Coriander

CorianderA musty perfume and clove like pungent flavour makes the soft pretty leaves of Coriander, also call “cilantro” and “Chinese parsley”, very popular.  The leaves taste like a combination of sage and citrus.  The seeds have a sweeter citrus flavour without the sharpness of sage.  The roots are similar to the leaves but also have a nutty flavour.  Coriander is widely used with leaves in salads and sauces, and seeds added to soups or pies and even cakes.

Growing: Coriander is a perennial and prefers full sun, partial sun, shade.  It best sown in cooler weather as it tends to go to seed in high heat.  Pick leaves at any time for flavouring.  Coriander needs protect from snails.  Harvest the leaves with sharp scissors.  If seeds are wanted, let a few of the stems go to seed and when the seeds begin to brown, cut the stem and place upside down in paper bag.  The seeds can be dried and kept whole.

Storage: Wrap the coriander in a paper towel and keep it in the refrigerator or cut the stems at an angle and place them in a jar of water and sit it in the refrigerator.  Every couple of days re-trim the stems, and change the water.  If the coriander still has roots attached, put them in a jar of water away from sunlight and it should last for at least two weeks.  To freeze put a single layer of leaves onto a tray,  once frozen store in small freezer bags or fill each compartment of an ice cube tray with leaves, fill with water, freeze, then move the cubes to freezer bags for permanent storage.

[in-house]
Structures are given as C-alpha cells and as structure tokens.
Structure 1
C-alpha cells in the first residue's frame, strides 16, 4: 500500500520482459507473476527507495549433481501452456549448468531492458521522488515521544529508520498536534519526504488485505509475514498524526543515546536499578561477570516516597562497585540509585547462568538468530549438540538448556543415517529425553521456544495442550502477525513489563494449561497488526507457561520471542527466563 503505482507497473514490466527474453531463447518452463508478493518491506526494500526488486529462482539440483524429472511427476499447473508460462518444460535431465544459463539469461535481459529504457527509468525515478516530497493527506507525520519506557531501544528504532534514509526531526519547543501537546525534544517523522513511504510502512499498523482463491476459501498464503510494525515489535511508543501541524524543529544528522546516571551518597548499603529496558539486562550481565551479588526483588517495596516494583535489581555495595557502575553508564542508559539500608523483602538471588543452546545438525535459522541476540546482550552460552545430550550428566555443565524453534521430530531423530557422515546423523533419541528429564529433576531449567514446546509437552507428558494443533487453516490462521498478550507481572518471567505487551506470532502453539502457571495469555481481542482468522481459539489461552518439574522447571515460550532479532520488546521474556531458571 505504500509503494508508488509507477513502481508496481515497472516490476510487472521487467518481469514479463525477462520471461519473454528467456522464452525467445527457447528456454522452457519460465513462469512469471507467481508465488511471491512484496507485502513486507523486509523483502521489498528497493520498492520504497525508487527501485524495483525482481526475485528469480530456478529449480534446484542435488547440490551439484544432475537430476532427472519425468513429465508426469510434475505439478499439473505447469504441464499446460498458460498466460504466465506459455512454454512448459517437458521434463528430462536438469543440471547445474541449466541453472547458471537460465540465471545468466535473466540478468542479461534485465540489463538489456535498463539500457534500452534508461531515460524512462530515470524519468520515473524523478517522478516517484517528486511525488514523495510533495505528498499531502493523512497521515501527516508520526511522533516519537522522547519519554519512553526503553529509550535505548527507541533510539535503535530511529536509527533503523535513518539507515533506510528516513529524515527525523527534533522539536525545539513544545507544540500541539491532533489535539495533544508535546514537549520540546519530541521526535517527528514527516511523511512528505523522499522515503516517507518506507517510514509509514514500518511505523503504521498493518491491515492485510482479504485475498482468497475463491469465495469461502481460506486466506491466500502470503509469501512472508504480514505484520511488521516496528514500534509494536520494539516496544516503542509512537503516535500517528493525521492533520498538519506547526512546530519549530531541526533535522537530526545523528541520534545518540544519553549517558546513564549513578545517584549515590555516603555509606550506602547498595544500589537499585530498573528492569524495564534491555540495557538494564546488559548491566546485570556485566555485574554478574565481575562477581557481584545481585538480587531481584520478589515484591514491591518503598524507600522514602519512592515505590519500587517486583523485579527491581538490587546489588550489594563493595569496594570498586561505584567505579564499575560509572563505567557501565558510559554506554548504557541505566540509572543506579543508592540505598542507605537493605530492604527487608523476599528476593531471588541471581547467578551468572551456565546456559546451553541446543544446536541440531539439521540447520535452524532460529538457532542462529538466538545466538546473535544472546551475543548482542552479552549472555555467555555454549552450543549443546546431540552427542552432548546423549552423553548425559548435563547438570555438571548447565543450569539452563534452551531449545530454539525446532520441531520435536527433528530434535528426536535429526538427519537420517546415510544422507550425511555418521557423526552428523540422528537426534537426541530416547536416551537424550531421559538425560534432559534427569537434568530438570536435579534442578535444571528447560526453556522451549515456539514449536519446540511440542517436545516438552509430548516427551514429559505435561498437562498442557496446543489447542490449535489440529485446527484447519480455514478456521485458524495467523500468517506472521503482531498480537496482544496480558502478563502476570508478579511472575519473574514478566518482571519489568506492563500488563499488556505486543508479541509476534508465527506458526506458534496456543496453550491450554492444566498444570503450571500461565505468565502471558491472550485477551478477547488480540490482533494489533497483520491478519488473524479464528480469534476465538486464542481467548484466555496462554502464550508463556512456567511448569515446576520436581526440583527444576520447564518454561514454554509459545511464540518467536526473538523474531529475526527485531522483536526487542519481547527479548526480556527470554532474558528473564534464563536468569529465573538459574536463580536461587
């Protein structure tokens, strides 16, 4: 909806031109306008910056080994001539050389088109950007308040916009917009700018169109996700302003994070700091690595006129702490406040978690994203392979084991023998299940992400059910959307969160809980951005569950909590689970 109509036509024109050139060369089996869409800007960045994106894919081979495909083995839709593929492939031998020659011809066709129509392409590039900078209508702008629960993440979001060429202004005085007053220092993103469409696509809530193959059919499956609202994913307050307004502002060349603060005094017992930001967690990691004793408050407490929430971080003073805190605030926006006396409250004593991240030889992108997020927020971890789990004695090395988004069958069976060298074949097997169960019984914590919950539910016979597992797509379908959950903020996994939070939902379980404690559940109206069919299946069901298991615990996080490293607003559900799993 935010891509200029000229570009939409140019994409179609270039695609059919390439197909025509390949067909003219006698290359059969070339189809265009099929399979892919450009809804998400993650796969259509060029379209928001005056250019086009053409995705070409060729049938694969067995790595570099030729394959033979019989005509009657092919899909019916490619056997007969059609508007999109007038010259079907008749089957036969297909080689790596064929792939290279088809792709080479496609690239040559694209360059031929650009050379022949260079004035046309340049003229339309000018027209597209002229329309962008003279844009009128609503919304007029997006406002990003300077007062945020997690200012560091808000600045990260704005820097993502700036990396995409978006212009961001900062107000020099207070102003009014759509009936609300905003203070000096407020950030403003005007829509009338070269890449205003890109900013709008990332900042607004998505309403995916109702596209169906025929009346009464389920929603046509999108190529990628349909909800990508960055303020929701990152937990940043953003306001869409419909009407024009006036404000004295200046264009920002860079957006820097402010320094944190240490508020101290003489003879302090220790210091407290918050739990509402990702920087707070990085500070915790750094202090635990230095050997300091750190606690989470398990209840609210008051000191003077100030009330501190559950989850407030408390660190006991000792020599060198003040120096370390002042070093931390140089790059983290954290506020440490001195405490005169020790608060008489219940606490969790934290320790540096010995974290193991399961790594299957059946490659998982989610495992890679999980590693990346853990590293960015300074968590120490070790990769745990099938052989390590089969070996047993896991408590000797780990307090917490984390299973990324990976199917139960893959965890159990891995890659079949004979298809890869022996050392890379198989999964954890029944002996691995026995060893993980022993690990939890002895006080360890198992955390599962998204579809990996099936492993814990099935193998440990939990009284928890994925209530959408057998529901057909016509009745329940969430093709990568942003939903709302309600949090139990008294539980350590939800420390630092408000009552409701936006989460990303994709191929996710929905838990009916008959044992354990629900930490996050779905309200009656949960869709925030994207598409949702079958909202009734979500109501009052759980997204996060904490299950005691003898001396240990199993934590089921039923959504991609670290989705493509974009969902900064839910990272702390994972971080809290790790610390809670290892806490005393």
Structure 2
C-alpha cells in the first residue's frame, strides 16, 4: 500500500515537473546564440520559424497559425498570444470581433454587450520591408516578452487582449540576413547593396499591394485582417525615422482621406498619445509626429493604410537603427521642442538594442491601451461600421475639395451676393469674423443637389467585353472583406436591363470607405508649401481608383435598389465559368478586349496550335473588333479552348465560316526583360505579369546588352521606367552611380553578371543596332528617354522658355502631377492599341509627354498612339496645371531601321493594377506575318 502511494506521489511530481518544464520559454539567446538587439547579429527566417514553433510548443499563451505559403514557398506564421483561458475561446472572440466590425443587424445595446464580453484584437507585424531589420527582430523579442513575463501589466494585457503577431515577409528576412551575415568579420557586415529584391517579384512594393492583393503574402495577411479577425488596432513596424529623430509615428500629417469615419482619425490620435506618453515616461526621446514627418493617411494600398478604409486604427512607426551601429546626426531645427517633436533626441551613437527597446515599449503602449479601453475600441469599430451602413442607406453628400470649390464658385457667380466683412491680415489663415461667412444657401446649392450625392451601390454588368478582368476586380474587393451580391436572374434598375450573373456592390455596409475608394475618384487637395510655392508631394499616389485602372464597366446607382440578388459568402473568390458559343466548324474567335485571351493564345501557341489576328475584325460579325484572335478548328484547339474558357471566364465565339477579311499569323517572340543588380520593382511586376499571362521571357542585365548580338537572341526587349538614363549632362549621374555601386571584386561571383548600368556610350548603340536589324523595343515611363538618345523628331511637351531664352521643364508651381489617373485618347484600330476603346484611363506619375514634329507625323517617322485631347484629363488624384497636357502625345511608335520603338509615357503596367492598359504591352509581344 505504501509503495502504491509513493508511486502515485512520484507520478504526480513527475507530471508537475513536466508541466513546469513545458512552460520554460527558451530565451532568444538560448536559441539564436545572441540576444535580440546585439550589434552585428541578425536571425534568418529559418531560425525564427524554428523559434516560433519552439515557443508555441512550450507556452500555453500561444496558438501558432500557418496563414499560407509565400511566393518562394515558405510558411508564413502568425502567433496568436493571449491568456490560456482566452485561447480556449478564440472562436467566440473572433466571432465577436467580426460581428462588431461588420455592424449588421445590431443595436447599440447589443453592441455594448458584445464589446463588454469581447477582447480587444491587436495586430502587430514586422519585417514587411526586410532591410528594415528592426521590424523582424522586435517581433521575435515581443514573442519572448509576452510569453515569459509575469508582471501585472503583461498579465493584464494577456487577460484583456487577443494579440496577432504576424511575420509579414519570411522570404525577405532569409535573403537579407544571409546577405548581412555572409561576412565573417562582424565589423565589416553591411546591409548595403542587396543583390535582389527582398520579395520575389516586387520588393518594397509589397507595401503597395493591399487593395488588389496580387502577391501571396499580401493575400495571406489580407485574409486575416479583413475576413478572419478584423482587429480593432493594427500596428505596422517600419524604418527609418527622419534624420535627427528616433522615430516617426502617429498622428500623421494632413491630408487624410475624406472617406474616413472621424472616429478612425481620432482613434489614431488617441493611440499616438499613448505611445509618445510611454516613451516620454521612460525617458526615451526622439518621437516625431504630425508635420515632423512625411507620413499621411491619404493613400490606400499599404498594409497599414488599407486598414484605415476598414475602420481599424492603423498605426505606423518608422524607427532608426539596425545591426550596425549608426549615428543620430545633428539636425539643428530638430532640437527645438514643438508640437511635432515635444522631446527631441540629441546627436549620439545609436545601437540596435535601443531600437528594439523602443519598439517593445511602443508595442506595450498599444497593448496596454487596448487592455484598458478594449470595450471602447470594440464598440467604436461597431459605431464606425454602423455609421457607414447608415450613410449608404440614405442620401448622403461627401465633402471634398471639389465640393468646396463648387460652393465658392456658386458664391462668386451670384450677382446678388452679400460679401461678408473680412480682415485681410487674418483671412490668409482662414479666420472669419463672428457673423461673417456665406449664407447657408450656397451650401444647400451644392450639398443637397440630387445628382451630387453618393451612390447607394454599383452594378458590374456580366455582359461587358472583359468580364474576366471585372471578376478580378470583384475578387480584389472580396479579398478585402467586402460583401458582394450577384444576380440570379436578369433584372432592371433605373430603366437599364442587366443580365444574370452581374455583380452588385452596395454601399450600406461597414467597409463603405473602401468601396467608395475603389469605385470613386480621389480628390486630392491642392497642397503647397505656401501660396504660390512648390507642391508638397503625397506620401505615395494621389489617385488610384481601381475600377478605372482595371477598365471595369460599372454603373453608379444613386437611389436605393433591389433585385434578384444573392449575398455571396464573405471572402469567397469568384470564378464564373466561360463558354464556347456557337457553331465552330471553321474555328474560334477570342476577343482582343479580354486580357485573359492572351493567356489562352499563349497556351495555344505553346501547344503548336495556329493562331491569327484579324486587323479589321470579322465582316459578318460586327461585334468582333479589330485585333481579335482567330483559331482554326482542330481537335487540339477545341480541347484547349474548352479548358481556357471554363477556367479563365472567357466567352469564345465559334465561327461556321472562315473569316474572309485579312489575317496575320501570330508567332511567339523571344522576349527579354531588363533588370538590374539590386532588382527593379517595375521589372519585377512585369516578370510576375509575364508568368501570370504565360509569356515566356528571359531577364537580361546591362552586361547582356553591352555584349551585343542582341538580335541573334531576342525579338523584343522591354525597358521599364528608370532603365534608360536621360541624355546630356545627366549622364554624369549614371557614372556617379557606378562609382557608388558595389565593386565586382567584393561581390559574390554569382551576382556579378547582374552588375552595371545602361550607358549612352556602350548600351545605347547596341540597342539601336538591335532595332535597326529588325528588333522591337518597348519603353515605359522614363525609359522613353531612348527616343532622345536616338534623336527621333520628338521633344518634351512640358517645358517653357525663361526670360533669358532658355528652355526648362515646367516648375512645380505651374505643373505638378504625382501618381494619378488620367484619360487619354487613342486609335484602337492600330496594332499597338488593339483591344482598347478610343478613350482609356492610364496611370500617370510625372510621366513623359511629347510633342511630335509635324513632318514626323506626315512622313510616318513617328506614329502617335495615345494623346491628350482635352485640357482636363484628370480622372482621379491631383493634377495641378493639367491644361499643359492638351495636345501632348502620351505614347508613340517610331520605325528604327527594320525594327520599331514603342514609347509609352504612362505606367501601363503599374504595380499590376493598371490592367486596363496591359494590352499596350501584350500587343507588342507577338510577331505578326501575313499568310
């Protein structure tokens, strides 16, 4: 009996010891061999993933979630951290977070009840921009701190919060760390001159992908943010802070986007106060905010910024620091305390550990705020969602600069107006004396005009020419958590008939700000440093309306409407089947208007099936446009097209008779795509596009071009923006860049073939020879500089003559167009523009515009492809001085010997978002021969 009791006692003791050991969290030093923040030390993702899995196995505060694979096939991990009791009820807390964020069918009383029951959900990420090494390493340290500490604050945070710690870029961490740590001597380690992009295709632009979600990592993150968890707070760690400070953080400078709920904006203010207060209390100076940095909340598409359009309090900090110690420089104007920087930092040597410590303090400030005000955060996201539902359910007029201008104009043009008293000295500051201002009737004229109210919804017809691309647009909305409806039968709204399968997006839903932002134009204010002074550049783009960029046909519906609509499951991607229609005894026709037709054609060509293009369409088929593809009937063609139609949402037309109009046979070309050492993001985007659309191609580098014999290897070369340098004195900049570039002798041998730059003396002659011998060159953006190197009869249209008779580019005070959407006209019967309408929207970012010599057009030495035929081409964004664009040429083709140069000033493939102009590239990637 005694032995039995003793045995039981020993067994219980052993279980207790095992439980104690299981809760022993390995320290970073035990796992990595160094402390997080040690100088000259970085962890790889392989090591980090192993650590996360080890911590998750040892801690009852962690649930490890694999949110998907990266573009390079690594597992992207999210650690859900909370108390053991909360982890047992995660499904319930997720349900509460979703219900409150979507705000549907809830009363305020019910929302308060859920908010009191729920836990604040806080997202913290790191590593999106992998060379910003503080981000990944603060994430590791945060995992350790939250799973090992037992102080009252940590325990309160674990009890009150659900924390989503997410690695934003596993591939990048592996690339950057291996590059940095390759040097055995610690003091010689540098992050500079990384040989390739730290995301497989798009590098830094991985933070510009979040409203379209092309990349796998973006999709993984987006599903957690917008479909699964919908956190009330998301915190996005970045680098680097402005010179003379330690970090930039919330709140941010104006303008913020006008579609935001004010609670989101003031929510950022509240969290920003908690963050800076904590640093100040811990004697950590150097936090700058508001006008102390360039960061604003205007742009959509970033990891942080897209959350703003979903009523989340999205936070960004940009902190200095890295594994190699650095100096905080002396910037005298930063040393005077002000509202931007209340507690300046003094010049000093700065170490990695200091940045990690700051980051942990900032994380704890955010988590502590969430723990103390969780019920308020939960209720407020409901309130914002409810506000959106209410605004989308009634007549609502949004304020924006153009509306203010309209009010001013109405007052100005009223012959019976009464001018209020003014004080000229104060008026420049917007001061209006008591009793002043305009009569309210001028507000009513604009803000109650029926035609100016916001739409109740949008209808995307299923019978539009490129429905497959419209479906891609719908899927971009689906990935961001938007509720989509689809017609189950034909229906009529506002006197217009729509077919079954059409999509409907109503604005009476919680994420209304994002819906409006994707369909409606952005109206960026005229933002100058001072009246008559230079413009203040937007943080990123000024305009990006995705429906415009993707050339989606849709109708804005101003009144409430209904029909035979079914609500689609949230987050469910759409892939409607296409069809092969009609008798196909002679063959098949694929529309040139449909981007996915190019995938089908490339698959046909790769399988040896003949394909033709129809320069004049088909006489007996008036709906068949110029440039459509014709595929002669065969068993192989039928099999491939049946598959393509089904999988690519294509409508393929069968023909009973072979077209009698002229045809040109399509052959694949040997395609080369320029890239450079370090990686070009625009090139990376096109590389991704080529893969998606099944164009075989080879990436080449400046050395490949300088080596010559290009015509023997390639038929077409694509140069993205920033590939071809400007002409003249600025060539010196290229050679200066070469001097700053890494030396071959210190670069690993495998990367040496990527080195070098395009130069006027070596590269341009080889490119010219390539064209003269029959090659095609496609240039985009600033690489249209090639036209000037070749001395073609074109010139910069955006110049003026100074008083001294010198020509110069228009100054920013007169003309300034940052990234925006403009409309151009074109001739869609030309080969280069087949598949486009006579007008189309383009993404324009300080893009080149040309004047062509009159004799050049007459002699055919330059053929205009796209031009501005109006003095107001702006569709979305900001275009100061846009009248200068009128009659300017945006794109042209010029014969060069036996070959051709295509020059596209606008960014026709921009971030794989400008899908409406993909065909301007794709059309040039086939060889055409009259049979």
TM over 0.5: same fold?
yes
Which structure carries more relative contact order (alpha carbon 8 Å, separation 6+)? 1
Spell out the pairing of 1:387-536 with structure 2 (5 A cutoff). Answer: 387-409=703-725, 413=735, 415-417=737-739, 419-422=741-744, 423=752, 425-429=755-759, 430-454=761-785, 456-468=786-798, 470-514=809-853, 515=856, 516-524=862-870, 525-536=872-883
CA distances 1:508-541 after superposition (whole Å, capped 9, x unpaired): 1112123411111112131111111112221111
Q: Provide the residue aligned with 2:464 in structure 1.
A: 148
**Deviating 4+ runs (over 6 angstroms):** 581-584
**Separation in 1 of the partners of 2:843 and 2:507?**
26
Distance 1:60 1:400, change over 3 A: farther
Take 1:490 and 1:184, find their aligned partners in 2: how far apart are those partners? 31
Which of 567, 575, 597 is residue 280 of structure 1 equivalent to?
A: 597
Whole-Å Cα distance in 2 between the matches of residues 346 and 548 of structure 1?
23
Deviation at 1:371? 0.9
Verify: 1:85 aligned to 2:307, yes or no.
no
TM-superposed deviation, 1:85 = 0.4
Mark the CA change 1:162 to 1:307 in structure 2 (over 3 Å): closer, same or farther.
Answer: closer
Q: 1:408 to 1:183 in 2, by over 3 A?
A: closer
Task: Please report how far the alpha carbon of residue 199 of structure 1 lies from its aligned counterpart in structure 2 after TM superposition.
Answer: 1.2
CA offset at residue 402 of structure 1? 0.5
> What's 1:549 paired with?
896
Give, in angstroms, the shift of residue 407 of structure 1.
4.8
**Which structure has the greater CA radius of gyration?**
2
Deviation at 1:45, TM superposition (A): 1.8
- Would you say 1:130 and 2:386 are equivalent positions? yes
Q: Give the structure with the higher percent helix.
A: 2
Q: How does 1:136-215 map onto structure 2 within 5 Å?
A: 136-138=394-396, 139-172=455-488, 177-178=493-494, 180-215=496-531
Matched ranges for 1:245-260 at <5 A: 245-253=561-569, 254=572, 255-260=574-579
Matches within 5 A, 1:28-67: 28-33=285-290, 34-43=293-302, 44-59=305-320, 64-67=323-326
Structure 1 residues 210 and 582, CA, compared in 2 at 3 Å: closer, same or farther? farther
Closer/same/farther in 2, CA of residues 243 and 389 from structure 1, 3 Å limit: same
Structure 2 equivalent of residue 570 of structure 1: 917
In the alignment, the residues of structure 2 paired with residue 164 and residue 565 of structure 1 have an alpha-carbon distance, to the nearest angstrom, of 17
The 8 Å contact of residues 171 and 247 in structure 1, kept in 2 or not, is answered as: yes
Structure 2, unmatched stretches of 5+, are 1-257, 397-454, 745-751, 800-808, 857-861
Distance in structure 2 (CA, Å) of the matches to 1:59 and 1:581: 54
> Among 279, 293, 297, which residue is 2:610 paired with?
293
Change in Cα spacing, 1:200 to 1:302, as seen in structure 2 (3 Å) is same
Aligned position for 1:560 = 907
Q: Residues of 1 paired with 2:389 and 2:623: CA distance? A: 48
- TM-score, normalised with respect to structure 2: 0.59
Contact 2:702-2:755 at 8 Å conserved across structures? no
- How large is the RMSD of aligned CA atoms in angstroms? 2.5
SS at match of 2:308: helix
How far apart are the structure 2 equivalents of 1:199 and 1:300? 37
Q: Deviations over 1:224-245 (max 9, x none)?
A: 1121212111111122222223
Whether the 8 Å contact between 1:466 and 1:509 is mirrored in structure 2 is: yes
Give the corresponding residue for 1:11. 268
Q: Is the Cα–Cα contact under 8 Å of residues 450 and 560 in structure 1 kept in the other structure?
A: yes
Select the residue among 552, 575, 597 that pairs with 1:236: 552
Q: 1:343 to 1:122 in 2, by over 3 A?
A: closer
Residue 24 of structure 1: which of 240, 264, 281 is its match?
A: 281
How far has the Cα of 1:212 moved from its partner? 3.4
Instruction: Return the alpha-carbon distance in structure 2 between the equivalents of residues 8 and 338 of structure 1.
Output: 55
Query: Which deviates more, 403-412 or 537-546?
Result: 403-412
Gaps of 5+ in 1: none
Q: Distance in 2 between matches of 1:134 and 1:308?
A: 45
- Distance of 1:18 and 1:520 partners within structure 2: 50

General Use: As coriander is mild, it is a spice to be used by the handful, rather than the pinch.  The leaves can be chopped or minced before use.  Coriander seed is generally used coarsely ground or more finely powdered, depending on the texture desired.

Coriander goes well with chicken, fish, lamb and rice, pasta or vegetable dishes.  Also good in salsa, taco fillings, black bean and corn salad, lentil or black bean soups.  It's great butters for vegetables or fish.

Coriander if the distinctive flavour found in Caribbean, Indian, Thai, Chines, Mexican or Latin American dishes and goes well with most "hot" cuisines.

To release more of the flavour from the coriander seed, roast the seeds in a dry, hot pan for a few minutes until you can smell the scent strongly.  These seeds are ground in a mortar and pestle or herb grinder before use.